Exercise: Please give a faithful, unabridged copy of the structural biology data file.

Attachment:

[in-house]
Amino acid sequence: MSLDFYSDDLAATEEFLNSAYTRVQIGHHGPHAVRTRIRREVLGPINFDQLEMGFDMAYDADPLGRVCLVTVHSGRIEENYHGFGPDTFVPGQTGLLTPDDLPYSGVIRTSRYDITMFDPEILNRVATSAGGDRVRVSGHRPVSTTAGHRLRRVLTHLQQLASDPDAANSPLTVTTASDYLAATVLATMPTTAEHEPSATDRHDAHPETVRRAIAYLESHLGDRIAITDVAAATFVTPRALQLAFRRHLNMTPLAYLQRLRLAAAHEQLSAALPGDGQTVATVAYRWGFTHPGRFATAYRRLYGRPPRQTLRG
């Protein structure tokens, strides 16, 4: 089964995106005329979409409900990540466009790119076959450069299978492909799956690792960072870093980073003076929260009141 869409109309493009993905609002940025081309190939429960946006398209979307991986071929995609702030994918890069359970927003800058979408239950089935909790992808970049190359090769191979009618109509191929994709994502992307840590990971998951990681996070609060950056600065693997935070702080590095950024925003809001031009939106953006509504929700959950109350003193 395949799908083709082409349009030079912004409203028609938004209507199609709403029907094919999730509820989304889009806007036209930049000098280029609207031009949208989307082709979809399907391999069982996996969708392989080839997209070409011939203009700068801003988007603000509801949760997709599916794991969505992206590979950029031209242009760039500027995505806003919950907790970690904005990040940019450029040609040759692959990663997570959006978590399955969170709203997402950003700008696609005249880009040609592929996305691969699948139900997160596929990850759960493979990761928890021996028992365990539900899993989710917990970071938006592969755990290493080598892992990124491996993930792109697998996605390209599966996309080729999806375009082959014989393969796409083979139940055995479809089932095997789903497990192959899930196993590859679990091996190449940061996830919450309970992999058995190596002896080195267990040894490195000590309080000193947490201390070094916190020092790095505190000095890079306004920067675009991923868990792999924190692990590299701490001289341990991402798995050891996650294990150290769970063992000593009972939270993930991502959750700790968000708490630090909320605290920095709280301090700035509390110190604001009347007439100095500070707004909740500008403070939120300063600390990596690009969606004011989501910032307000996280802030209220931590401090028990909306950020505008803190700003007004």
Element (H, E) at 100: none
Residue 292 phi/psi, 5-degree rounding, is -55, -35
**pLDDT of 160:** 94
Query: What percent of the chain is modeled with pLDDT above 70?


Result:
[in-house]
Amino acid sequence: MSLDFYSDDLAATEEFLNSAYTRVQIGHHGPHAVRTRIRREVLGPINFDQLEMGFDMAYDADPLGRVCLVTVHSGRIEENYHGFGPDTFVPGQTGLLTPDDLPYSGVIRTSRYDITMFDPEILNRVATSAGGDRVRVSGHRPVSTTAGHRLRRVLTHLQQLASDPDAANSPLTVTTASDYLAATVLATMPTTAEHEPSATDRHDAHPETVRRAIAYLESHLGDRIAITDVAAATFVTPRALQLAFRRHLNMTPLAYLQRLRLAAAHEQLSAALPGDGQTVATVAYRWGFTHPGRFATAYRRLYGRPPRQTLRG
């Protein structure tokens, strides 16, 4: 089964995106005329979409409900990540466009790119076959450069299978492909799956690792960072870093980073003076929260009141 869409109309493009993905609002940025081309190939429960946006398209979307991986071929995609702030994918890069359970927003800058979408239950089935909790992808970049190359090769191979009618109509191929994709994502992307840590990971998951990681996070609060950056600065693997935070702080590095950024925003809001031009939106953006509504929700959950109350003193 395949799908083709082409349009030079912004409203028609938004209507199609709403029907094919999730509820989304889009806007036209930049000098280029609207031009949208989307082709979809399907391999069982996996969708392989080839997209070409011939203009700068801003988007603000509801949760997709599916794991969505992206590979950029031209242009760039500027995505806003919950907790970690904005990040940019450029040609040759692959990663997570959006978590399955969170709203997402950003700008696609005249880009040609592929996305691969699948139900997160596929990850759960493979990761928890021996028992365990539900899993989710917990970071938006592969755990290493080598892992990124491996993930792109697998996605390209599966996309080729999806375009082959014989393969796409083979139940055995479809089932095997789903497990192959899930196993590859679990091996190449940061996830919450309970992999058995190596002896080195267990040894490195000590309080000193947490201390070094916190020092790095505190000095890079306004920067675009991923868990792999924190692990590299701490001289341990991402798995050891996650294990150290769970063992000593009972939270993930991502959750700790968000708490630090909320605290920095709280301090700035509390110190604001009347007439100095500070707004909740500008403070939120300063600390990596690009969606004011989501910032307000996280802030209220931590401090028990909306950020505008803190700003007004």
Element (H, E) at 100: none
Residue 292 phi/psi, 5-degree rounding, is -55, -35
**pLDDT of 160:** 94
Query: What percent of the chain is modeled with pLDDT above 70?